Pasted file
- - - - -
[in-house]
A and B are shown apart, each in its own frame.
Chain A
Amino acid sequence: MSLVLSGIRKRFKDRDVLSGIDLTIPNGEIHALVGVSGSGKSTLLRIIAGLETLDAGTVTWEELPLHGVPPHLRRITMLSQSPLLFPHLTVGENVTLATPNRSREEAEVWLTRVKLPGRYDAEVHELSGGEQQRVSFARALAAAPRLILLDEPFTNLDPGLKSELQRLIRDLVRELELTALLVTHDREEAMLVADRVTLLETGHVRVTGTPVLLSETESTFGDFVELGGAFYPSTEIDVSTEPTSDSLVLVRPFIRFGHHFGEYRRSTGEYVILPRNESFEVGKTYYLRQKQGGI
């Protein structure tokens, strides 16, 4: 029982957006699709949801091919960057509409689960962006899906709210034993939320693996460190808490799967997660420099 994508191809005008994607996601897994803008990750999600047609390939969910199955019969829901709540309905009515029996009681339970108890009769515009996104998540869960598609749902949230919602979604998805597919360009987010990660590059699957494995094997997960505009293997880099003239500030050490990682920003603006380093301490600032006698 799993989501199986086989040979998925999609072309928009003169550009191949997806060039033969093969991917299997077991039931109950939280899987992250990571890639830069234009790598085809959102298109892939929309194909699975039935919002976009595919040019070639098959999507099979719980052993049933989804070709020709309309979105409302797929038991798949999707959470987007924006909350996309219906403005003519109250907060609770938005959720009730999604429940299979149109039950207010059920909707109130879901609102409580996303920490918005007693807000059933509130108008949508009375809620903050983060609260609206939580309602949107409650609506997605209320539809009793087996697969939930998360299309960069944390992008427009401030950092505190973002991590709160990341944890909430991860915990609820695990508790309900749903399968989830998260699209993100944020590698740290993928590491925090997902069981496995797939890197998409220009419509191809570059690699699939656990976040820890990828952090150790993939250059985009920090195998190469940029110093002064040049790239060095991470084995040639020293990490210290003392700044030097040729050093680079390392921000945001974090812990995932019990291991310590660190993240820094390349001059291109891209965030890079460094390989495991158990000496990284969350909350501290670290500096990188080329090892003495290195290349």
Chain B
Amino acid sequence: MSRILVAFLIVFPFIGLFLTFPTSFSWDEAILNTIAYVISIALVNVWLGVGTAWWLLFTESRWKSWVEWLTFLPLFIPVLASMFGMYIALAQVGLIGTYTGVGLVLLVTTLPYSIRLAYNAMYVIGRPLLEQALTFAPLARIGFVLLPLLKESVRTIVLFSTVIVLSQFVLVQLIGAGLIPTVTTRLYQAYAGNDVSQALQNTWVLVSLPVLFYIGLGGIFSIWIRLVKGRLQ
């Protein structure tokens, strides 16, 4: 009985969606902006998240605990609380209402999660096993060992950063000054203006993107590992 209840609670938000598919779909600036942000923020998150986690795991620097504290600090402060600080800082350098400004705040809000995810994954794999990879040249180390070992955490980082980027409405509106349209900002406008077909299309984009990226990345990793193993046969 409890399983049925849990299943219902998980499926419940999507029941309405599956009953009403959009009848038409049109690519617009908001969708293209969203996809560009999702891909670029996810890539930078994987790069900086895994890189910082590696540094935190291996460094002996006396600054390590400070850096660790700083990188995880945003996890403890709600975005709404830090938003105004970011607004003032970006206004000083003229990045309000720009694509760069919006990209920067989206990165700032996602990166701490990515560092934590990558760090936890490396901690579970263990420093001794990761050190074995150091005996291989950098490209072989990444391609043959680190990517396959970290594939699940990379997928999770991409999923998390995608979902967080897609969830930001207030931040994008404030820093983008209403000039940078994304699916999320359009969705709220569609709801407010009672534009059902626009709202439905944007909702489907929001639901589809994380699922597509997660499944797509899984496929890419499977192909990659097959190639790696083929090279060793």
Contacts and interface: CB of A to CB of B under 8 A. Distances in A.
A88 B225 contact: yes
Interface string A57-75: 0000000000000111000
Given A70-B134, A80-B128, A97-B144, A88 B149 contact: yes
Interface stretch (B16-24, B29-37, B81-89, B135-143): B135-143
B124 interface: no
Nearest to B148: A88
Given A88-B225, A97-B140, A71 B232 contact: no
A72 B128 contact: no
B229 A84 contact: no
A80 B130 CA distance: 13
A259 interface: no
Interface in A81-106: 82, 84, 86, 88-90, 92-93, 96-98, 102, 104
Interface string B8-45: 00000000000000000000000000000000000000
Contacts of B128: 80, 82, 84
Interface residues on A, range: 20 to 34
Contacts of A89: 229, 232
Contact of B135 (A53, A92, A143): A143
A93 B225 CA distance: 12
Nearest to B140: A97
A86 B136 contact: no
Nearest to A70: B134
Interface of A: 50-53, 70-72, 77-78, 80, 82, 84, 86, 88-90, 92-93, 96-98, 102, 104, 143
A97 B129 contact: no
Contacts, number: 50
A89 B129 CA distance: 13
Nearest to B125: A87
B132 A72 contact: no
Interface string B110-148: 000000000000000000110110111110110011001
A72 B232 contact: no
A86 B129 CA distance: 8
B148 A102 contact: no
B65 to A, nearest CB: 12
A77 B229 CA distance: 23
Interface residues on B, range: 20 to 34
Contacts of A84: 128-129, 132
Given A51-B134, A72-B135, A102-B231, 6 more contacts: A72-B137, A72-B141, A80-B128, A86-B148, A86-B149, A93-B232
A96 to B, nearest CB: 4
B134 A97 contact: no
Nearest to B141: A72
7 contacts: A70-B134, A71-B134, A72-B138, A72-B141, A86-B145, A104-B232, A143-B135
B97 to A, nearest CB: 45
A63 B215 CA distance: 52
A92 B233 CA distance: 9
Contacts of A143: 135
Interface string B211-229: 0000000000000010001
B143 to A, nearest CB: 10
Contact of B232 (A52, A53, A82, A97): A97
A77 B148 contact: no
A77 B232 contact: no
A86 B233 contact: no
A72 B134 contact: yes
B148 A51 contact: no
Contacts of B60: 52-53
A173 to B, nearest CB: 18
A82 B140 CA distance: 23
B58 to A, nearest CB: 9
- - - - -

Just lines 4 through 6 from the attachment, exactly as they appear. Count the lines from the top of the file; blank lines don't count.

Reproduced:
Amino acid sequence: MSLVLSGIRKRFKDRDVLSGIDLTIPNGEIHALVGVSGSGKSTLLRIIAGLETLDAGTVTWEELPLHGVPPHLRRITMLSQSPLLFPHLTVGENVTLATPNRSREEAEVWLTRVKLPGRYDAEVHELSGGEQQRVSFARALAAAPRLILLDEPFTNLDPGLKSELQRLIRDLVRELELTALLVTHDREEAMLVADRVTLLETGHVRVTGTPVLLSETESTFGDFVELGGAFYPSTEIDVSTEPTSDSLVLVRPFIRFGHHFGEYRRSTGEYVILPRNESFEVGKTYYLRQKQGGI
């Protein structure tokens, strides 16, 4: 029982957006699709949801091919960057509409689960962006899906709210034993939320693996460190808490799967997660420099 994508191809005008994607996601897994803008990750999600047609390939969910199955019969829901709540309905009515029996009681339970108890009769515009996104998540869960598609749902949230919602979604998805597919360009987010990660590059699957494995094997997960505009293997880099003239500030050490990682920003603006380093301490600032006698 799993989501199986086989040979998925999609072309928009003169550009191949997806060039033969093969991917299997077991039931109950939280899987992250990571890639830069234009790598085809959102298109892939929309194909699975039935919002976009595919040019070639098959999507099979719980052993049933989804070709020709309309979105409302797929038991798949999707959470987007924006909350996309219906403005003519109250907060609770938005959720009730999604429940299979149109039950207010059920909707109130879901609102409580996303920490918005007693807000059933509130108008949508009375809620903050983060609260609206939580309602949107409650609506997605209320539809009793087996697969939930998360299309960069944390992008427009401030950092505190973002991590709160990341944890909430991860915990609820695990508790309900749903399968989830998260699209993100944020590698740290993928590491925090997902069981496995797939890197998409220009419509191809570059690699699939656990976040820890990828952090150790993939250059985009920090195998190469940029110093002064040049790239060095991470084995040639020293990490210290003392700044030097040729050093680079390392921000945001974090812990995932019990291991310590660190993240820094390349001059291109891209965030890079460094390989495991158990000496990284969350909350501290670290500096990188080329090892003495290195290349």
Chain B